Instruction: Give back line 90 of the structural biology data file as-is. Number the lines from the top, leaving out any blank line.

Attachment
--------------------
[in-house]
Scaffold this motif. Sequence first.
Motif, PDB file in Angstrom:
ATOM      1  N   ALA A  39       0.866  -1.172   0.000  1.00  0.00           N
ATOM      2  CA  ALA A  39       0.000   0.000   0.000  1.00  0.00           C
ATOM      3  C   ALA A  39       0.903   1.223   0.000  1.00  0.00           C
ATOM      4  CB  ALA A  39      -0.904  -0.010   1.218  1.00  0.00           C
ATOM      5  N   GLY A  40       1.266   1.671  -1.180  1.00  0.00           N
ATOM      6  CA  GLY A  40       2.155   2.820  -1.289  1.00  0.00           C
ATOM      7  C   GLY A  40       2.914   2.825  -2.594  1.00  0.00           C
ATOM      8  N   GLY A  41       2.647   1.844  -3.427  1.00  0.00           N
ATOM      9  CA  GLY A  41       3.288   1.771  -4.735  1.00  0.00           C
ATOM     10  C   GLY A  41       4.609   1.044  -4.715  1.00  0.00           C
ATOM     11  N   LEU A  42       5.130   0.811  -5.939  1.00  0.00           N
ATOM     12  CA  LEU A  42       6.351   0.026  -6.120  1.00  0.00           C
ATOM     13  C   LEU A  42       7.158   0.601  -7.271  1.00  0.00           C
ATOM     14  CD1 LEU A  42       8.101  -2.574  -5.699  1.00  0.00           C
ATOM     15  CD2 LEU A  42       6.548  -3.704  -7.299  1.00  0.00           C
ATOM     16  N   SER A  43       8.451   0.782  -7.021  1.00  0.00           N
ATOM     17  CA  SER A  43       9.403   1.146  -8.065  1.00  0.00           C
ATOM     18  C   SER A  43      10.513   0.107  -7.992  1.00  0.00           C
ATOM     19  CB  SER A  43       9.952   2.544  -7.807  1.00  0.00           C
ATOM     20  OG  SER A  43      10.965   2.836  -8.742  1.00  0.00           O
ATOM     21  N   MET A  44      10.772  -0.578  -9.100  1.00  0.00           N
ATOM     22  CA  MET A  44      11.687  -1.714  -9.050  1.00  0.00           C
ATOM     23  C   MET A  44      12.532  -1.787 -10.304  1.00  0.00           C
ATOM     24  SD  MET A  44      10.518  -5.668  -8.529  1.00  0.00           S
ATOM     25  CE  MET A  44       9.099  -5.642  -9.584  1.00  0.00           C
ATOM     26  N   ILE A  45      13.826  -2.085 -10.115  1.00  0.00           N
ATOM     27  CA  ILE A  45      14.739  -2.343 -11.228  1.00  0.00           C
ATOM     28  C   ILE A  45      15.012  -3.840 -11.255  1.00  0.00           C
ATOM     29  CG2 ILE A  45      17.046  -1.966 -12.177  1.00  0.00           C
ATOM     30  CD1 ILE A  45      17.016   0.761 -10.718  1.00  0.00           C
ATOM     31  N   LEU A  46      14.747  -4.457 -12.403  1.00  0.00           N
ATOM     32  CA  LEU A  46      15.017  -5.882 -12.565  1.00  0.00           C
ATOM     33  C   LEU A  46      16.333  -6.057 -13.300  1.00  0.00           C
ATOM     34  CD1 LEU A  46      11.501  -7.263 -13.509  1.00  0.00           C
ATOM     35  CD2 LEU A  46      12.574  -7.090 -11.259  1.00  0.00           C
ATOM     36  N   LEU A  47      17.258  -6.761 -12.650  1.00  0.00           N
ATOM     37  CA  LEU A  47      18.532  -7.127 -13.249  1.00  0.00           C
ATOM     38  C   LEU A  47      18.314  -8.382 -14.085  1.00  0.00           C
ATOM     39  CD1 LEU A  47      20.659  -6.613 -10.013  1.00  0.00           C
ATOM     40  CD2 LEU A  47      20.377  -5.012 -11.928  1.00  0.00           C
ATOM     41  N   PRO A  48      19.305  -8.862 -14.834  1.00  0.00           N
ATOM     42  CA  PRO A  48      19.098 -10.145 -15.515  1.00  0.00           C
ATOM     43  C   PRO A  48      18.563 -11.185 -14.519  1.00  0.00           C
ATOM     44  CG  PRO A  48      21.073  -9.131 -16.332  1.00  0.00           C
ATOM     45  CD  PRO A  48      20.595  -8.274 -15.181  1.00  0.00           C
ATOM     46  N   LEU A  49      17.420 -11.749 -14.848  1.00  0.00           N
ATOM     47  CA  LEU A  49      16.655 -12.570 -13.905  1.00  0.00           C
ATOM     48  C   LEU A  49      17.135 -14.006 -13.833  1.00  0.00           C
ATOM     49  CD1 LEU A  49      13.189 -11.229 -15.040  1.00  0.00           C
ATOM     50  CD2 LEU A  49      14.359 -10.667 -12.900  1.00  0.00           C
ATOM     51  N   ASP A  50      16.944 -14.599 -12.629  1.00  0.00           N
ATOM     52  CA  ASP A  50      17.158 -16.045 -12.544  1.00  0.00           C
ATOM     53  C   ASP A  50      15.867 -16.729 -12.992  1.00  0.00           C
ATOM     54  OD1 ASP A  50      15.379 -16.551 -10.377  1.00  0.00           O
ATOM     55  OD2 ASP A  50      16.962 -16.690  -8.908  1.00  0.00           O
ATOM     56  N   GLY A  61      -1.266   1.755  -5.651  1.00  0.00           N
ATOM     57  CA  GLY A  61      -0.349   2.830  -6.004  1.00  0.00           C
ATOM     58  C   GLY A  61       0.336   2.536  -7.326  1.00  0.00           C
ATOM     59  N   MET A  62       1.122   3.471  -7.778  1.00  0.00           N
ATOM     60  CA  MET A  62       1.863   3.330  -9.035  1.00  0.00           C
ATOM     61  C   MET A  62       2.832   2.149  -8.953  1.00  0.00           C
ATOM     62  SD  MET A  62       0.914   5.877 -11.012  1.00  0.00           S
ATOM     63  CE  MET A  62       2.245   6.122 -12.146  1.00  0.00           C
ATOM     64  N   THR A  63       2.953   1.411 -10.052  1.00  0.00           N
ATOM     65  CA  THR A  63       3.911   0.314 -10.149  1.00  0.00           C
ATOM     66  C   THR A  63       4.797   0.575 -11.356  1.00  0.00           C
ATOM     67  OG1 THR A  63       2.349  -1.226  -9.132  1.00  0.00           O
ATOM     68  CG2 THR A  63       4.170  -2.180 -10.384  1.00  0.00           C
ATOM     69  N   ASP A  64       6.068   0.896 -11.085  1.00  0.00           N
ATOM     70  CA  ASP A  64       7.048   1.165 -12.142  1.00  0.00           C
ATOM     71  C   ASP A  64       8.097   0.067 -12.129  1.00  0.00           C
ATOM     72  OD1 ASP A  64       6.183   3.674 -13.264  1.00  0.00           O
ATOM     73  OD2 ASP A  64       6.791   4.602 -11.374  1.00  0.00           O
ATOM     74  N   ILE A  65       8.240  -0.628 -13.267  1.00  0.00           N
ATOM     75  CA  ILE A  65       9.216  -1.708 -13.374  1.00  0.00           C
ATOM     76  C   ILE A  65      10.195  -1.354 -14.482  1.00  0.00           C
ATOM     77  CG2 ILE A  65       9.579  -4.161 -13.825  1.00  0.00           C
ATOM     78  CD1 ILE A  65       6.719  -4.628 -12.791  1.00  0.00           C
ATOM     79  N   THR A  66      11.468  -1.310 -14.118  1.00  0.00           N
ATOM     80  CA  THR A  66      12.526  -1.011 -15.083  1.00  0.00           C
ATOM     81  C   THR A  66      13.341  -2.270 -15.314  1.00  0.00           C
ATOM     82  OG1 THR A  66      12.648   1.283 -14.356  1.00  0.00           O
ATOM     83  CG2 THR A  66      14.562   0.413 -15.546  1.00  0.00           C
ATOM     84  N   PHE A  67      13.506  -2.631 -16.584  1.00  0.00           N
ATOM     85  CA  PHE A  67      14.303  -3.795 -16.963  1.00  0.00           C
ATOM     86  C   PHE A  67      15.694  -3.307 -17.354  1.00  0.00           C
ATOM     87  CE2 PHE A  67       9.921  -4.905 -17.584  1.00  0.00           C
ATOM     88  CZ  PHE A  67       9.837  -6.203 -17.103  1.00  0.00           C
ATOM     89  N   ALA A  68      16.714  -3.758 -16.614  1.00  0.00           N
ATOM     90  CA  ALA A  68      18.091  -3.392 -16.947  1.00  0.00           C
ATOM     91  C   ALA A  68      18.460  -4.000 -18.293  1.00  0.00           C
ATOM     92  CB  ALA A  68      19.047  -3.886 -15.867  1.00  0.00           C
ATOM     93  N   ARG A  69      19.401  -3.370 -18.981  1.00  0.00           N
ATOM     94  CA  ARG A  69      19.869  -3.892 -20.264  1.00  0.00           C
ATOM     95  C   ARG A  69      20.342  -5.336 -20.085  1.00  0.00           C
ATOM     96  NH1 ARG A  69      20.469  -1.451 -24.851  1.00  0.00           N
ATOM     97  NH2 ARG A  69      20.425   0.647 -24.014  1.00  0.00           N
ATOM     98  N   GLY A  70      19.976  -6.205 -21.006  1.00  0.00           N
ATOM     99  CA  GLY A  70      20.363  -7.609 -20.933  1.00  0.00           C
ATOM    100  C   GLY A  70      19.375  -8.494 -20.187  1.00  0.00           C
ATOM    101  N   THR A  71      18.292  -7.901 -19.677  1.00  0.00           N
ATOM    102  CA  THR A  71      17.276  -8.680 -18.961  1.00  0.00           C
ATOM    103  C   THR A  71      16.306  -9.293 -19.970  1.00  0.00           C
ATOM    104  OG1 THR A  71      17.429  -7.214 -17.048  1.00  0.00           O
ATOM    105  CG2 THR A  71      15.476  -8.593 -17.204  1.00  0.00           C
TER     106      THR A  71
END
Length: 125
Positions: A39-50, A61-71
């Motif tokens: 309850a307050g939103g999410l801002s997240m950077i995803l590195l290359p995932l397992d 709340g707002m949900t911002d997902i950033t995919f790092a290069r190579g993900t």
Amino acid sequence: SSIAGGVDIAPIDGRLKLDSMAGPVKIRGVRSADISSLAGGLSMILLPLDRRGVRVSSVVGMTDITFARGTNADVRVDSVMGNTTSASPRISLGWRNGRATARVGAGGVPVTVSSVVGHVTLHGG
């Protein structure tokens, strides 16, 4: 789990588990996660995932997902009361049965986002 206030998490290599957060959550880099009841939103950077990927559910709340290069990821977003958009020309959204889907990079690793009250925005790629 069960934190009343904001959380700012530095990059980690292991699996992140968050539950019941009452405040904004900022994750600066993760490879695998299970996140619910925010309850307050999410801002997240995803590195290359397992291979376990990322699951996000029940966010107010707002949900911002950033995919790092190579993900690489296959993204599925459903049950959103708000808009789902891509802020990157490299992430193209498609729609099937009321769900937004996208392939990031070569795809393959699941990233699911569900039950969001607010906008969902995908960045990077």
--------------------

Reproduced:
ATOM     87  CE2 PHE A  67       9.921  -4.905 -17.584  1.00  0.00           C